Jimit Mehta, owner of the iconic local eatery Kalypso, said that after a severe dip right after the storm, his business volume has stabilized. The lunch crowd is larger, he said, and dinner a little lighter, because there are few accommodations beyond Hanalei town. Hanalei has become primarily a day trip destination.
But business is inconsistent, Mehta said, with some days jammed and others much lighter. “You’re finding less people. There are days when it’s packed and days when it looks dead,” Mehta said. “It’s the strangest thing.”
The Dolphin, one of Hanalei’s largest eateries, remains shuttered because its building was inundated by 6 feet of water in the flood. Ola’s, a gallery in the Dolphin building, has announced it is going out of business at the end of October.
Sharon Britt, who’s owned Ola’s with her husband, Doug, since it opened 36 years ago, said the couple was tiring of the grind of retail and had been unable to come to terms on renewal of the store’s lease, even before the storm.
But the storm, she said, pushed Ola’s over the edge.
“The flood came as we were making up our minds about renewing our lease,” she said. “Mother Nature played a part in our decision. We have had our share (of disasters.)”
Culverhouse has a clearly dispositive means of concluding that restaurants are doing about as well as this time in 2017. His shopping center operates a sewage treatment plant that processes wastewater from at least a half dozen restaurants and a supermarket. He said volumes of sewage going through the plant are more or less exactly what they were a year ago.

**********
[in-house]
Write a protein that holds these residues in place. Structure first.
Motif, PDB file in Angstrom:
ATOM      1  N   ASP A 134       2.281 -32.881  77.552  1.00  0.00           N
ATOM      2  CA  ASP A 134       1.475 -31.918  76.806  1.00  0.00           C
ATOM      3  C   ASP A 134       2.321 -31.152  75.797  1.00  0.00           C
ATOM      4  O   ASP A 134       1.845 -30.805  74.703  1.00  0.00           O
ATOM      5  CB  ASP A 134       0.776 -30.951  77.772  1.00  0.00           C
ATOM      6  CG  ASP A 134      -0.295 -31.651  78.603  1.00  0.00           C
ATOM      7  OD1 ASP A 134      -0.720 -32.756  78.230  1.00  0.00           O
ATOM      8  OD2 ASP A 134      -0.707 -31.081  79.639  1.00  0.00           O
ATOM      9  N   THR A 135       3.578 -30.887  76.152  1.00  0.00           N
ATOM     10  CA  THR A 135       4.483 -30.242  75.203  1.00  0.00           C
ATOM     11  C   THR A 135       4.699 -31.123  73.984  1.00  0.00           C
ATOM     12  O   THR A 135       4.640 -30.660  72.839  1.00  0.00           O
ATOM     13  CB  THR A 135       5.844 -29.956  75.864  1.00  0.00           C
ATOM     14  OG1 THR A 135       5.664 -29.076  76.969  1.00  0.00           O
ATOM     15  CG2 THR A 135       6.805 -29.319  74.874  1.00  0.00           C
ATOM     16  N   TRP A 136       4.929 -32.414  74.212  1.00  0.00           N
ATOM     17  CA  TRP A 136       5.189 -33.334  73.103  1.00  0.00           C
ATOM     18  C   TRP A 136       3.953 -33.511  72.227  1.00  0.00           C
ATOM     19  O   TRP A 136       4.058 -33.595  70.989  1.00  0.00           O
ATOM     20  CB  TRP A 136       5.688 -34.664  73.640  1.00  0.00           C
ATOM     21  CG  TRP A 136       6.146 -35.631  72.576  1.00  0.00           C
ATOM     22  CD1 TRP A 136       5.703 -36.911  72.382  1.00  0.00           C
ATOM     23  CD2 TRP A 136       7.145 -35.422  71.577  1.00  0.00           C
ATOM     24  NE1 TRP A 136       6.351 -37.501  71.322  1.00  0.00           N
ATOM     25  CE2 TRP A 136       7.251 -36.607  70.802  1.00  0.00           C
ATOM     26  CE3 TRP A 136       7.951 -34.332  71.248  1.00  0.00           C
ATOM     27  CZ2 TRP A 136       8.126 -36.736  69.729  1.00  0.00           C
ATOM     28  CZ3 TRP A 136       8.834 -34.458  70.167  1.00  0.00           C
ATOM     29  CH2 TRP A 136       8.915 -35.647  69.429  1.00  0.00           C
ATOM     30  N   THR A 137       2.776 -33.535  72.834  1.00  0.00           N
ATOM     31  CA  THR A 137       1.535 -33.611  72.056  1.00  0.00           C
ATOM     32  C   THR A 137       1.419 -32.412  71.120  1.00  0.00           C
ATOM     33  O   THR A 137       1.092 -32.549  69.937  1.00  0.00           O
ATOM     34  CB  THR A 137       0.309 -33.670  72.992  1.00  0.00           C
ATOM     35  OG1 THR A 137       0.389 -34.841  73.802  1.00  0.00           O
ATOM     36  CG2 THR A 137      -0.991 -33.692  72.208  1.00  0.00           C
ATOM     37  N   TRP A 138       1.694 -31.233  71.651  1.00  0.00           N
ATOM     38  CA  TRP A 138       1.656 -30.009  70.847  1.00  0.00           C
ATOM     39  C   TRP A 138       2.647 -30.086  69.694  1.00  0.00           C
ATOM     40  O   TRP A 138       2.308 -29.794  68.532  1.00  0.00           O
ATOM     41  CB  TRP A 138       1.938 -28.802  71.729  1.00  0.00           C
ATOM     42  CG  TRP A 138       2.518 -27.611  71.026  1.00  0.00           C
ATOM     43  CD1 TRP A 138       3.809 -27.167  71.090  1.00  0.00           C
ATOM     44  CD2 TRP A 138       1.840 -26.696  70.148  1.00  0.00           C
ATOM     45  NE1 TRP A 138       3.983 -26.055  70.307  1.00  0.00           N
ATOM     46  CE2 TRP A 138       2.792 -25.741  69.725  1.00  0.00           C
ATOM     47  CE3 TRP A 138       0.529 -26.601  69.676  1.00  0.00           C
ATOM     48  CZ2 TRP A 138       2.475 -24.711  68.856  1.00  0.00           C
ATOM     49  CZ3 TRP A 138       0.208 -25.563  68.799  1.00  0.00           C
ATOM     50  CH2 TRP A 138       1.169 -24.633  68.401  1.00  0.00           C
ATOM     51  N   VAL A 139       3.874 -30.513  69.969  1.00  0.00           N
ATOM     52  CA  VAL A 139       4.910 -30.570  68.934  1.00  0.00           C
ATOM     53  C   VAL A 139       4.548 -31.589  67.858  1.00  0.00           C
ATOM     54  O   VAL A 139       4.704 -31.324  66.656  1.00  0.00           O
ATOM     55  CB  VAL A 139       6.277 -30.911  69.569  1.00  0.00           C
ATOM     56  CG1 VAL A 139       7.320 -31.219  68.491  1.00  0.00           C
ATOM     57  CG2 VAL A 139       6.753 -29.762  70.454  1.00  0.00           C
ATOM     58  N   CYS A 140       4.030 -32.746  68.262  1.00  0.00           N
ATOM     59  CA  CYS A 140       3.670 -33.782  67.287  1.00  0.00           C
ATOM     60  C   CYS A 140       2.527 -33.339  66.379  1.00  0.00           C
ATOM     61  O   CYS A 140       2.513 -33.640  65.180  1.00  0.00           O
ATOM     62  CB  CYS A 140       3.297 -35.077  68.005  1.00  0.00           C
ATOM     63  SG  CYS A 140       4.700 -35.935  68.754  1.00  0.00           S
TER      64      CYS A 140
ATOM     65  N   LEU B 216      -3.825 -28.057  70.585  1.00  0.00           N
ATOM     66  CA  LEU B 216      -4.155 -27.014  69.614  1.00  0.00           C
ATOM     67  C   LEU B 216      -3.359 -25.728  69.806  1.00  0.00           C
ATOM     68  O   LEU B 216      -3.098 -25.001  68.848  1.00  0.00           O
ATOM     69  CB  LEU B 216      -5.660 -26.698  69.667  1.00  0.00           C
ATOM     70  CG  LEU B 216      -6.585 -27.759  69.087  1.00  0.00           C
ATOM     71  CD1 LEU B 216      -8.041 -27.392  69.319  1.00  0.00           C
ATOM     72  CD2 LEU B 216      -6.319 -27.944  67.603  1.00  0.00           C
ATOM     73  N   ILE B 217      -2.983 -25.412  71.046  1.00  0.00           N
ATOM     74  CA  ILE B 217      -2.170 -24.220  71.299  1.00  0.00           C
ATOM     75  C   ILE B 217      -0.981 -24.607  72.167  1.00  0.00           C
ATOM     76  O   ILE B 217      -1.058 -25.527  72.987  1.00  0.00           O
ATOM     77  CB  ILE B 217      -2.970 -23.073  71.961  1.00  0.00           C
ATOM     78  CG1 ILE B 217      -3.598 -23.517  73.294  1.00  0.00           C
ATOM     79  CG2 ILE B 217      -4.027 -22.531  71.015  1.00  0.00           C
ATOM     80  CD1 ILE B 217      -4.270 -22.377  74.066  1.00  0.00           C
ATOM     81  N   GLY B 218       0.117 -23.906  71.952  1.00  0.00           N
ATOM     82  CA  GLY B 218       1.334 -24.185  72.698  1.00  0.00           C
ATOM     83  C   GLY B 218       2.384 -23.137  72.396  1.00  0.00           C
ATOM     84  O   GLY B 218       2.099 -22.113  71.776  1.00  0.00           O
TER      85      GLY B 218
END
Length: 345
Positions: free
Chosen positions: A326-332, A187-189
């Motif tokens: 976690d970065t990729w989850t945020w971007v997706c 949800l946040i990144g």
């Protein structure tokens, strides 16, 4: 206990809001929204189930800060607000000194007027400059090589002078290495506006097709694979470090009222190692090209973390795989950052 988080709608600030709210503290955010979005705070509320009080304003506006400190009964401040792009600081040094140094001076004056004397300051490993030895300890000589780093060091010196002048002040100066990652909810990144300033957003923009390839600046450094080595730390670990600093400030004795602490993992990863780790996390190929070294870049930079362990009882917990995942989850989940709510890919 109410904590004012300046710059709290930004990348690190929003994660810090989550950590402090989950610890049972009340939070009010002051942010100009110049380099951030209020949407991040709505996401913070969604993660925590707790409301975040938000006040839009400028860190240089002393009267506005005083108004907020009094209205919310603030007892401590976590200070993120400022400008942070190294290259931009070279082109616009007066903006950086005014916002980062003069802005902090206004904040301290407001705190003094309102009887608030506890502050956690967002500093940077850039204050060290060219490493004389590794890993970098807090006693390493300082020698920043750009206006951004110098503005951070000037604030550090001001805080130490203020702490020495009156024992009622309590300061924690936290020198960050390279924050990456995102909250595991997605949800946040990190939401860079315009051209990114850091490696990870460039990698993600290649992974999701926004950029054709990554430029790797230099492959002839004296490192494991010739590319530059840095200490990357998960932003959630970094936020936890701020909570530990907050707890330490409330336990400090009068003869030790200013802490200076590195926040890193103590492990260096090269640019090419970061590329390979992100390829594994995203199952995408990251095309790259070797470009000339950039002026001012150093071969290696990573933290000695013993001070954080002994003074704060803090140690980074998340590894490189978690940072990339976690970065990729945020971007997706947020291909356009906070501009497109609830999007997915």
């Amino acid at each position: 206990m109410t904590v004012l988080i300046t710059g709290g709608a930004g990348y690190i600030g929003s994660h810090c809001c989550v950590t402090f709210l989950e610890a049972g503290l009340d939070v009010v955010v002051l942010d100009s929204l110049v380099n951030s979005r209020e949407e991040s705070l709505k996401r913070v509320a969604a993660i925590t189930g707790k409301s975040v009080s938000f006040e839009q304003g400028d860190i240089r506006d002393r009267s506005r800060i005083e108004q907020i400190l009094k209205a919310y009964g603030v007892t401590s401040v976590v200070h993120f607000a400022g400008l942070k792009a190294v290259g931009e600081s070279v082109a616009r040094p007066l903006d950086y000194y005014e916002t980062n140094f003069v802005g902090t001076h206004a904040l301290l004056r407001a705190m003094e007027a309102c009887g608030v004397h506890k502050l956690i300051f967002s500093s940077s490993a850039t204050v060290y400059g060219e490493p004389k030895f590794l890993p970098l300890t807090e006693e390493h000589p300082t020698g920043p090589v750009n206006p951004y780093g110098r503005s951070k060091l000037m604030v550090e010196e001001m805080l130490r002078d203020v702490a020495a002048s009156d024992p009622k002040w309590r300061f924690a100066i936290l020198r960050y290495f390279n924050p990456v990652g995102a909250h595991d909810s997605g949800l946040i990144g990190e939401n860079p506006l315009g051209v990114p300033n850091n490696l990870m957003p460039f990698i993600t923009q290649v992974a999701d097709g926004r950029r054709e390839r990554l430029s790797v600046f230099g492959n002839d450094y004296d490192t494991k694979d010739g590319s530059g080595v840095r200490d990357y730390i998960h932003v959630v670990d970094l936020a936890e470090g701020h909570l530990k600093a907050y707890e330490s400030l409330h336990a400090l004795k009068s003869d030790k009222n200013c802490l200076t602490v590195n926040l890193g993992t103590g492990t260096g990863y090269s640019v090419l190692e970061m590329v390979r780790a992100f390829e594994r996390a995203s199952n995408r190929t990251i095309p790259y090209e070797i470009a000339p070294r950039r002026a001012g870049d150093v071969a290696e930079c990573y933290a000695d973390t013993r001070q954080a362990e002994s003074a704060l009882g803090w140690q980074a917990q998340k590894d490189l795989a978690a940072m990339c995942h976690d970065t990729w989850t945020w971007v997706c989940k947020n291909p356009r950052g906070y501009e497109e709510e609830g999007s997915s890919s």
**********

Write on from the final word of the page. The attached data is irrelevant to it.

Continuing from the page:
Art galleries, clothing stores and gift shops, however, report business is down — more in some locations than others. Some stores are operating on margins so thin they may not survive until the end of the year, according to several local business people.
Chad Ulmer, who with his wife, Anna, owns the Halelea and Black Pearl galleries, which have three locations including one in the Dolphin building, said recovery in Hanalei has been slow. Fortunately, their other two locations help make up the difference.
Joel Guy, president of the Hanalei-Haena Community Association, said he and others have been studying the feasibility of a shuttle that would run from Princeville to Hanalei and deliver hotel and resort guests to locations in town and at the beach.
Lee Steinmetz, the county transportation planner, said preliminary projections are that the cost of running such service every 15 minutes from 8 a.m. to 4 p.m. daily would be at least $60,000 per month.
Where that money would come from is not known.
Longer term, Steinmetz said, the county is considering creation of a business improvement district, which would set a property tax surcharge to be used for a shuttle and other ways to improve access to Hanalei and beyond. The county has not used such an approach in the past, but it is well known in many mainland locations.
“We’re talking with some private donors and the Hanalei community has been looking at some potential funding, but there’s nothing solid yet,” Steinmetz said. “But really, the shuttle issue won’t be settled until there is a better idea of when the road reopens.”